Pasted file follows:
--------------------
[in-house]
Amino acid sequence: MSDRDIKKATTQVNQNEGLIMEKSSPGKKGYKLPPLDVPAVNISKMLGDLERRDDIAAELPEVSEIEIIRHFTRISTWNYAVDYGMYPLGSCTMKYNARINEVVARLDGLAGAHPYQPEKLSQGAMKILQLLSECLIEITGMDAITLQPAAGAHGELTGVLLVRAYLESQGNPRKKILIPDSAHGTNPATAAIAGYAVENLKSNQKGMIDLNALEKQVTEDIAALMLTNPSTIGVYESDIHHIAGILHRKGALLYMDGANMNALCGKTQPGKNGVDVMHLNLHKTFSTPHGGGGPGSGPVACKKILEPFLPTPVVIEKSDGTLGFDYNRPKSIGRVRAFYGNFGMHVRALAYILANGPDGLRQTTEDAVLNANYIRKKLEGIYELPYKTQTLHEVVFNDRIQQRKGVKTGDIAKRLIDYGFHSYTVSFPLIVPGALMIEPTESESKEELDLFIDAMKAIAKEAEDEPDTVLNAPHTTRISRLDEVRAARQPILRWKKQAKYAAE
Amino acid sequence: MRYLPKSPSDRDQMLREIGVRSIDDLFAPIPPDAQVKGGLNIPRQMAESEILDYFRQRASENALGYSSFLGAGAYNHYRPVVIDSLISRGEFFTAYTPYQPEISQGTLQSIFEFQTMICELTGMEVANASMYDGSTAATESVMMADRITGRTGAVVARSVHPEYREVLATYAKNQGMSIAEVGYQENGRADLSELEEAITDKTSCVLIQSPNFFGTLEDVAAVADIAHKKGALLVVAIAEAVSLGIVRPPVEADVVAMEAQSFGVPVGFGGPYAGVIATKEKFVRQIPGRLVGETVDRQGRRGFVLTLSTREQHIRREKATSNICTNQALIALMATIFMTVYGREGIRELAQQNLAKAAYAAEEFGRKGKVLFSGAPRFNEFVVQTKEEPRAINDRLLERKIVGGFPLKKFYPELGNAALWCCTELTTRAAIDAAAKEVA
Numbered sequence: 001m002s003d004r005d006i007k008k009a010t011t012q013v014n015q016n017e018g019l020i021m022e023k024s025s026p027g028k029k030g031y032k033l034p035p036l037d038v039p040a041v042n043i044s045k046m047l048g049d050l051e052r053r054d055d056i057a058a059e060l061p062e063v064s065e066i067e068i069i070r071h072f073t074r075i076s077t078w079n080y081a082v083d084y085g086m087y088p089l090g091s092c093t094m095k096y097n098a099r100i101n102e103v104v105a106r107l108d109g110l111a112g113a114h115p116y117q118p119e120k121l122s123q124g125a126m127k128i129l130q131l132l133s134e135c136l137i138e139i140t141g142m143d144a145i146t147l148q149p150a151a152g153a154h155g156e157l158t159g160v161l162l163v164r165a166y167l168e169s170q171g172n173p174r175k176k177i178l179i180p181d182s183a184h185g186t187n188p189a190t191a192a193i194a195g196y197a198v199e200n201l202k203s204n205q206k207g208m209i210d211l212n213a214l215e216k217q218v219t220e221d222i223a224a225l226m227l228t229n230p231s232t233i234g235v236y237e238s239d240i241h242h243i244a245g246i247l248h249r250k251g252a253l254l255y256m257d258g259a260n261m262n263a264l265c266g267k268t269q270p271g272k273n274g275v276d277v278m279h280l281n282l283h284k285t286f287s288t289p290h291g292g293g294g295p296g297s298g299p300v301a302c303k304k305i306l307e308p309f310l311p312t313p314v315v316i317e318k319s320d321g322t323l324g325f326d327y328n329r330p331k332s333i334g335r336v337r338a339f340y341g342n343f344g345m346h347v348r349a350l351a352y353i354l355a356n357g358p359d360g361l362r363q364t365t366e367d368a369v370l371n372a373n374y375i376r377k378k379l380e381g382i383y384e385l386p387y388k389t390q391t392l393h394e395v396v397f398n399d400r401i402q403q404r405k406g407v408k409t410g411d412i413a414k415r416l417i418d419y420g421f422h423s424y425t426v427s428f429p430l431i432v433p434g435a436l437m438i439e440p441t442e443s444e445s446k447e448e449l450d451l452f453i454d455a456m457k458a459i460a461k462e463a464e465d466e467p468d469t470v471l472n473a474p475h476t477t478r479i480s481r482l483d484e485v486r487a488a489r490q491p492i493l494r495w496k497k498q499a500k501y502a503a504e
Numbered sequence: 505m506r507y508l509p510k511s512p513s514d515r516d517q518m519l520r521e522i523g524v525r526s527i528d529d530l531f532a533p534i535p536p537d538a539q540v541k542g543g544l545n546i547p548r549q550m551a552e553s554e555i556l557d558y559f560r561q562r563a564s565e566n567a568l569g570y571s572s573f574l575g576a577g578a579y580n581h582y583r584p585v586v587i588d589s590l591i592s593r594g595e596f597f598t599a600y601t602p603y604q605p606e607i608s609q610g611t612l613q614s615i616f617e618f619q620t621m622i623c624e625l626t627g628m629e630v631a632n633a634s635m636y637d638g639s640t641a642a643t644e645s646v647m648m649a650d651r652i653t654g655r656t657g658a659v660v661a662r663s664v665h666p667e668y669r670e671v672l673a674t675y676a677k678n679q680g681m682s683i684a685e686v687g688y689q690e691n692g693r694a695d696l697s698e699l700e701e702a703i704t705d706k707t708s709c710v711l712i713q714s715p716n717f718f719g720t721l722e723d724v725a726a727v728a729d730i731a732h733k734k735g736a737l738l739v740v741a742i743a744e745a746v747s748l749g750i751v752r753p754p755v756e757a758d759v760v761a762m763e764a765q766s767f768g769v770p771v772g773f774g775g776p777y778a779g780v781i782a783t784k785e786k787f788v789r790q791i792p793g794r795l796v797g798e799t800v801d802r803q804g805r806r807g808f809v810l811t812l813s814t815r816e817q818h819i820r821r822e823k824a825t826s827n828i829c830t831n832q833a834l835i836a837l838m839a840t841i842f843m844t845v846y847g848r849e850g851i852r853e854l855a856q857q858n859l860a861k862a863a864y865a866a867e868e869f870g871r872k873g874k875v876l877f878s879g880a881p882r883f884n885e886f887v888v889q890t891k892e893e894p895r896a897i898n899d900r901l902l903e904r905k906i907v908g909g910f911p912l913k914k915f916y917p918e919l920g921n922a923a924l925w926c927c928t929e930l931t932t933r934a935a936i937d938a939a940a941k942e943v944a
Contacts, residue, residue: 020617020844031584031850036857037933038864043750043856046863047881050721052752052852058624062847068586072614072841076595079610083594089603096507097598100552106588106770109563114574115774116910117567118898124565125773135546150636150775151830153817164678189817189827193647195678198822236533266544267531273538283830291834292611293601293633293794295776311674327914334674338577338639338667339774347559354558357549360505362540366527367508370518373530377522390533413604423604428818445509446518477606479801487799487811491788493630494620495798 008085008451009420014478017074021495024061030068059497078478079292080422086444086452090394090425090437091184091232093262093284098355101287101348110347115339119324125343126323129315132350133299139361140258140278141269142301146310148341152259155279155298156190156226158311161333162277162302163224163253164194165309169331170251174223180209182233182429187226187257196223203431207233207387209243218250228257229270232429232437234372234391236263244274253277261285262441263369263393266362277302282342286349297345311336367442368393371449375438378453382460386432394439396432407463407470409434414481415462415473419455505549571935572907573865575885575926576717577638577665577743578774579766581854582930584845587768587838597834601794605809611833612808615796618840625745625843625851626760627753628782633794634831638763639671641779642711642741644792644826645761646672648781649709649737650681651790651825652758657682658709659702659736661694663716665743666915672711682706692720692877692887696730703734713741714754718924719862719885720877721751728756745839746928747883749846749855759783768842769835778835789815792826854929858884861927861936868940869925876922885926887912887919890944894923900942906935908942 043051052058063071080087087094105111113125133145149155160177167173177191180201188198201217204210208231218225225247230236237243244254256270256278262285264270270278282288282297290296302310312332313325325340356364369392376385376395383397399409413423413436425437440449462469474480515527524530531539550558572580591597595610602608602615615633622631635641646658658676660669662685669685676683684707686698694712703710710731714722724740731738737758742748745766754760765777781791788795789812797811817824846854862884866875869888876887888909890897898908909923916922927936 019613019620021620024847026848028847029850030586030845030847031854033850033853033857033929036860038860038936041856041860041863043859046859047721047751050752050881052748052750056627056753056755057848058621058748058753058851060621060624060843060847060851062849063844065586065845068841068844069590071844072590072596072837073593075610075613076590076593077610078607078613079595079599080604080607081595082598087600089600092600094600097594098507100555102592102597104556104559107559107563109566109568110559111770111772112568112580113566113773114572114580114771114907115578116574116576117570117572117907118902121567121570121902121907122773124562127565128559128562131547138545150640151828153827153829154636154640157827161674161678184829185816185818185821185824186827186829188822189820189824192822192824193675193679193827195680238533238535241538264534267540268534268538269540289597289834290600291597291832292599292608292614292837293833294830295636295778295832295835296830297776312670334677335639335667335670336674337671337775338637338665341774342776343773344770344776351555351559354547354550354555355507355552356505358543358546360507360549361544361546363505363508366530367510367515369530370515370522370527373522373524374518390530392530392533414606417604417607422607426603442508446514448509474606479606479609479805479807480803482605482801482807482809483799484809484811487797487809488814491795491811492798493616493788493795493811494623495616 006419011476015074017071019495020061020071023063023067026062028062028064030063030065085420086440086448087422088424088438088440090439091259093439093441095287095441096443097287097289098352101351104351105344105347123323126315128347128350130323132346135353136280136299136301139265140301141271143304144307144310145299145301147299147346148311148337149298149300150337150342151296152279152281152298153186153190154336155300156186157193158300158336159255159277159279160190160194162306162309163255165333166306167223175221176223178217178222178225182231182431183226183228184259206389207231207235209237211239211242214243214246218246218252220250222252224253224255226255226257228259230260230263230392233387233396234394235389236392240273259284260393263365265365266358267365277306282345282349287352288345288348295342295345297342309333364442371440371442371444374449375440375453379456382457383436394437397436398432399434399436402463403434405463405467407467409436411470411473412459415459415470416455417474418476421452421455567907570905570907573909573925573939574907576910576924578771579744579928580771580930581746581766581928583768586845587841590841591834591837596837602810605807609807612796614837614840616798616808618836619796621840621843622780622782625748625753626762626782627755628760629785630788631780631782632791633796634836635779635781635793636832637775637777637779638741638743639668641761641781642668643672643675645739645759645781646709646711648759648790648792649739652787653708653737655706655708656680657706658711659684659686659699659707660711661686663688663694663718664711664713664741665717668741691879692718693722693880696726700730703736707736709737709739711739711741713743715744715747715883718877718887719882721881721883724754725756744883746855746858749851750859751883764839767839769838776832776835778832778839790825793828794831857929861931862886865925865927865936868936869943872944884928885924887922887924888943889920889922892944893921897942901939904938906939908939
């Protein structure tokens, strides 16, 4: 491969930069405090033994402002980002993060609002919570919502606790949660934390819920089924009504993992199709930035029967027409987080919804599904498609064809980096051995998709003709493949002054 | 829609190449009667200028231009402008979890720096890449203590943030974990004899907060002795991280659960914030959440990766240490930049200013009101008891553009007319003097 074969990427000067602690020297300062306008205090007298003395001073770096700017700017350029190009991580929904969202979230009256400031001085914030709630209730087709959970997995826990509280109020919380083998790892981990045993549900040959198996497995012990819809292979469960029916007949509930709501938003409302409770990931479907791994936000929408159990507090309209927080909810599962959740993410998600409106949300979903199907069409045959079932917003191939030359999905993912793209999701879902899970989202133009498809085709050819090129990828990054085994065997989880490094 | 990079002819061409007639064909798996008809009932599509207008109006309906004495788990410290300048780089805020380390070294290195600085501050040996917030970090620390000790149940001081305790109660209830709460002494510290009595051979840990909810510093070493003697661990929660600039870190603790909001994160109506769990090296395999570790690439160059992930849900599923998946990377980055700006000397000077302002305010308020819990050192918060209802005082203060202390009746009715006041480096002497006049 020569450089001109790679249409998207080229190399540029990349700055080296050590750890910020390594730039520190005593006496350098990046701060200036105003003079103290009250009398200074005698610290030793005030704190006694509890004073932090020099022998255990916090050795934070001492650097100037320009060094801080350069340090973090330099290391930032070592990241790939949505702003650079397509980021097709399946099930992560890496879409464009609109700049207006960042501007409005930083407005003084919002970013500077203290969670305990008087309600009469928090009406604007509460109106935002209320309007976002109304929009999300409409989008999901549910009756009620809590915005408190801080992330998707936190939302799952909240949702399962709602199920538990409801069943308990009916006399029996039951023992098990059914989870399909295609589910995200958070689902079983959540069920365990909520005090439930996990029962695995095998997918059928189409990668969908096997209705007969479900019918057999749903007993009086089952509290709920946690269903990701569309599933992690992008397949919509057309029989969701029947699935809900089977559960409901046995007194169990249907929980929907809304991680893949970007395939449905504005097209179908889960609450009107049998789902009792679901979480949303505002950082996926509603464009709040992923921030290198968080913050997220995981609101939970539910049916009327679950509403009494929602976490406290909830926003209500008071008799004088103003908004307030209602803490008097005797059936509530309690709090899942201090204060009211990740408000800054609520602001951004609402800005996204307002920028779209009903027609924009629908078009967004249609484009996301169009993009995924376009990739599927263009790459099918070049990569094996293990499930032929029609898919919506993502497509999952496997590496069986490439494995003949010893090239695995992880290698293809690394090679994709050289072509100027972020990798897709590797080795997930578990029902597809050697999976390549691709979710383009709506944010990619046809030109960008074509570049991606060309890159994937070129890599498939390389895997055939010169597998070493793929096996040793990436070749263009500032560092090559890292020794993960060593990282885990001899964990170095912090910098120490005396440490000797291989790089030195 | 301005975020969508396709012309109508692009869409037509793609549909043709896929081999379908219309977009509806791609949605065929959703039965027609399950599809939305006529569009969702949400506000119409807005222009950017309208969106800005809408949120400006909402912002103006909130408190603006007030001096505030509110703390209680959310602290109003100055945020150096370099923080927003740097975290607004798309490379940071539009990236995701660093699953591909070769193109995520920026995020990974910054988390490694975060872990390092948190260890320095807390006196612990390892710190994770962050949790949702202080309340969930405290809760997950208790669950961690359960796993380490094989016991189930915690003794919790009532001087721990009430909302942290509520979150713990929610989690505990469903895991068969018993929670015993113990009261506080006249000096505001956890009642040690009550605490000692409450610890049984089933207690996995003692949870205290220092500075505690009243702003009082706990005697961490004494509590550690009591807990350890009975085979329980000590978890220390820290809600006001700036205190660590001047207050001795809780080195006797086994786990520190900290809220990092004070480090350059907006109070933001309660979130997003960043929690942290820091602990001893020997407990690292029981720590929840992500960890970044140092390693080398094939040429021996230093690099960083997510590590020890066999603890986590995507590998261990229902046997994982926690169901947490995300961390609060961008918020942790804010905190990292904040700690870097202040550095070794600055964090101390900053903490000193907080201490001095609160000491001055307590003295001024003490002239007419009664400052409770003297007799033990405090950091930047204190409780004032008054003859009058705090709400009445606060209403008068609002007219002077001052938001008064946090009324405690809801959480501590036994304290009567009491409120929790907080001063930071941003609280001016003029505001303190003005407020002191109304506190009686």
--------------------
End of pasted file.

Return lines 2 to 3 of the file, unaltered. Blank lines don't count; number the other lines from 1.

Amino acid sequence: MSDRDIKKATTQVNQNEGLIMEKSSPGKKGYKLPPLDVPAVNISKMLGDLERRDDIAAELPEVSEIEIIRHFTRISTWNYAVDYGMYPLGSCTMKYNARINEVVARLDGLAGAHPYQPEKLSQGAMKILQLLSECLIEITGMDAITLQPAAGAHGELTGVLLVRAYLESQGNPRKKILIPDSAHGTNPATAAIAGYAVENLKSNQKGMIDLNALEKQVTEDIAALMLTNPSTIGVYESDIHHIAGILHRKGALLYMDGANMNALCGKTQPGKNGVDVMHLNLHKTFSTPHGGGGPGSGPVACKKILEPFLPTPVVIEKSDGTLGFDYNRPKSIGRVRAFYGNFGMHVRALAYILANGPDGLRQTTEDAVLNANYIRKKLEGIYELPYKTQTLHEVVFNDRIQQRKGVKTGDIAKRLIDYGFHSYTVSFPLIVPGALMIEPTESESKEELDLFIDAMKAIAKEAEDEPDTVLNAPHTTRISRLDEVRAARQPILRWKKQAKYAAE
Amino acid sequence: MRYLPKSPSDRDQMLREIGVRSIDDLFAPIPPDAQVKGGLNIPRQMAESEILDYFRQRASENALGYSSFLGAGAYNHYRPVVIDSLISRGEFFTAYTPYQPEISQGTLQSIFEFQTMICELTGMEVANASMYDGSTAATESVMMADRITGRTGAVVARSVHPEYREVLATYAKNQGMSIAEVGYQENGRADLSELEEAITDKTSCVLIQSPNFFGTLEDVAAVADIAHKKGALLVVAIAEAVSLGIVRPPVEADVVAMEAQSFGVPVGFGGPYAGVIATKEKFVRQIPGRLVGETVDRQGRRGFVLTLSTREQHIRREKATSNICTNQALIALMATIFMTVYGREGIRELAQQNLAKAAYAAEEFGRKGKVLFSGAPRFNEFVVQTKEEPRAINDRLLERKIVGGFPLKKFYPELGNAALWCCTELTTRAAIDAAAKEVA